Wednesday, May 27, 2009

Coming up: a (social) renaissance for Business Intelligence



I personally find the intersection between Business Intelligence and Collaboration / Web 2.0 as especially interesting, which I have discussed previously:

In the article "Future of BI: web 2.0, mashups and guided search", Danny Bradbury at silicon.com looks at the future of BI - and it looks as Business intelligence is due for a renaissance. Here are a few of the changes according to BI experts that Danny has inverviewed for his article:

Mashups - combining and enhancing data streams with web applications - will revolutionise BI interfaces, predicts Mark Whitehorn, founder of BI consulting firm Penguinsoft. "BI might say that a cluster of data is interesting but you can't visualise that unless you write a whole application for doing it," he says. "But if you send that to a mapping system, you can suddenly see why the BI software found that cluster interesting."

Combining mashups with collaborative technologies could make BI even more powerful. One person rarely makes decisions based on business intelligence data, points out says Richard Neale, director of CIO marketing at SAP. "Providing facilities for people to collaborate on the decision-making process will be an important feature of the BI environment," he says.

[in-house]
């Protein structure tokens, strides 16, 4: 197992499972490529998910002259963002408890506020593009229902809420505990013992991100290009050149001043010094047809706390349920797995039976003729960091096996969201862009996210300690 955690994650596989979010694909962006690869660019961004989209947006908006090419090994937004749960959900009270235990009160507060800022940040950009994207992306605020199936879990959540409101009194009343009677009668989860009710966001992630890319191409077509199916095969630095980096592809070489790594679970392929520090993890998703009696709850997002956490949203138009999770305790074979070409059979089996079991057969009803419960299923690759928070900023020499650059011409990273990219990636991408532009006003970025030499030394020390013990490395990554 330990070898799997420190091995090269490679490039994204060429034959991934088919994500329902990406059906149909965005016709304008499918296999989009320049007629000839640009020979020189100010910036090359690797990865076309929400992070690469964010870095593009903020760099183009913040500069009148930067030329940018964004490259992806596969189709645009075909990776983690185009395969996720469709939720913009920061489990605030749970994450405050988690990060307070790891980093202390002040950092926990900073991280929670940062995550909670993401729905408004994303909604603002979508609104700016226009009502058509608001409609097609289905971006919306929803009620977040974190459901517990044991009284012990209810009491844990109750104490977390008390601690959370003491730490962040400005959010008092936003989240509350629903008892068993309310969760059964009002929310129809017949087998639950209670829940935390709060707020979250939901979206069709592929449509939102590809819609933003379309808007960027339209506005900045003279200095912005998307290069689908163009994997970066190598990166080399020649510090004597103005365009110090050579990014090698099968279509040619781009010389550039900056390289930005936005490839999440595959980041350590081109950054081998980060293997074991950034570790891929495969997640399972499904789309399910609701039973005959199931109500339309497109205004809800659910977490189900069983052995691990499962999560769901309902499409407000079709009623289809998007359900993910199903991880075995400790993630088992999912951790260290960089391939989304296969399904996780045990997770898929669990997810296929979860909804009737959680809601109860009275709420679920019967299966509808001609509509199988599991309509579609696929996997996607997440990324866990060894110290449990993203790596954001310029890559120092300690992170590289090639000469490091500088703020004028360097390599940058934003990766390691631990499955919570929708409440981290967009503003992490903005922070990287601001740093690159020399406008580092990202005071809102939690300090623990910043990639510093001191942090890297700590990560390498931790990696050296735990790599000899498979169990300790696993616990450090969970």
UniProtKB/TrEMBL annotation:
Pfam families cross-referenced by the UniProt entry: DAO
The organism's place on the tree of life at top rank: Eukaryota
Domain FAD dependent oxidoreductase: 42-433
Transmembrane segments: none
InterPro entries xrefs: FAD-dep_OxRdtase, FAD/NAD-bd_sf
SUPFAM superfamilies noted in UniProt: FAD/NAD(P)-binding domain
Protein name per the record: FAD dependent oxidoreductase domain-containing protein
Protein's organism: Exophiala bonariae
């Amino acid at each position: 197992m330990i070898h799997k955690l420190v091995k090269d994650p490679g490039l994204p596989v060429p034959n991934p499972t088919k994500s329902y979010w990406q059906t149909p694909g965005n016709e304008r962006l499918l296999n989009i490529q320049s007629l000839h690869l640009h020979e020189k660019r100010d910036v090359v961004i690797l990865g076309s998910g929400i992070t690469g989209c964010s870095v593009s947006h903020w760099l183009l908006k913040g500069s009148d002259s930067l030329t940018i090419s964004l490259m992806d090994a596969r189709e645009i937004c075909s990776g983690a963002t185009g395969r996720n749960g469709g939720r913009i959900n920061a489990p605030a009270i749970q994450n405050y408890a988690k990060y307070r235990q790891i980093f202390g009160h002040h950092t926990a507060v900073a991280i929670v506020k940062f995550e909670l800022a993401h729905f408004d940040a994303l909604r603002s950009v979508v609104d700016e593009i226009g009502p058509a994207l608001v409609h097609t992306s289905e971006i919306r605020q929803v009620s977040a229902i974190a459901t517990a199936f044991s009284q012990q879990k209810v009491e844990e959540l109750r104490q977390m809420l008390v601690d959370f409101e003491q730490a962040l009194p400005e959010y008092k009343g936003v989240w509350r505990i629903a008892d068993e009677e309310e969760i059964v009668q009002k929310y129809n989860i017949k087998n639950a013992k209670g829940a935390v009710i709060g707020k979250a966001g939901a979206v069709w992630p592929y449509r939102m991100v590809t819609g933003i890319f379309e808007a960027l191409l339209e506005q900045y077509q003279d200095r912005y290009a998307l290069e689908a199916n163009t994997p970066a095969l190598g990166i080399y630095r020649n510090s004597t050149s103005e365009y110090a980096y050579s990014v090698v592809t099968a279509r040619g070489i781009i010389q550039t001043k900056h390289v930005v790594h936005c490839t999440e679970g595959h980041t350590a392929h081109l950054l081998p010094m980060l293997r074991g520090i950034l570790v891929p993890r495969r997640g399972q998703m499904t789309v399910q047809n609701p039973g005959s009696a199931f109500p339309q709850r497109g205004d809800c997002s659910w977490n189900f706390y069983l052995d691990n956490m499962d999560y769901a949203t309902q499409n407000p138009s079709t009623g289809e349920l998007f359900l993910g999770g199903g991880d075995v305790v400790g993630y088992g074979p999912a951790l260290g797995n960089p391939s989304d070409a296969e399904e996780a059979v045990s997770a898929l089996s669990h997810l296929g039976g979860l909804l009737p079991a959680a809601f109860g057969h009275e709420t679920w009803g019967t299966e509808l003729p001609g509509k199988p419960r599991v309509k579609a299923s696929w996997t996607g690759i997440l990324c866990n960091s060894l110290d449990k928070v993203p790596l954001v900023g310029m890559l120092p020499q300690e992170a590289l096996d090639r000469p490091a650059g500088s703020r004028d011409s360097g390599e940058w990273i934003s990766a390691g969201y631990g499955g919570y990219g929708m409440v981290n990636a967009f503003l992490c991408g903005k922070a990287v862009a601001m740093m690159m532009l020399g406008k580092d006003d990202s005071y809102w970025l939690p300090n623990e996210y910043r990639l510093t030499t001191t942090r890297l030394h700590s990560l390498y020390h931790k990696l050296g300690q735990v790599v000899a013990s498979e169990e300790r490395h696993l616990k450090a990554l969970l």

In addition to innovations in BI interfaces, there are some coming advances in the underlying analytic engines that crunch the data. Rob Rose, who directs the office of strategy in BI and performance management at IBM, says that analysing unstructured information will be a huge boon for BI users. "You just know that customer satisfaction information isn't in the customer database. It's probably in a call centre application, in a comments field somewhere, and the call centre personnel used all kinds of creative wording and abbreviations to capture those comments," he says. "Being able to parse lots of unstructured content and structure it according to 'buckets of relevance' is an important step to be able to then group, analyse, filter, explore and trend this information."

1 comment:

  1. Oscar - these are excellent observations. There are so many areas where the ability to "crunch" unstructured and/or multi-sourced data would be SO useful, not the least of which is in support of a sales operation (e.g., see references to collaboration here: http://www.ddmcd.com/highlights.html)

    Dennis McDonald
    Alexandria, Virginia
    http://www.ddmcd.com

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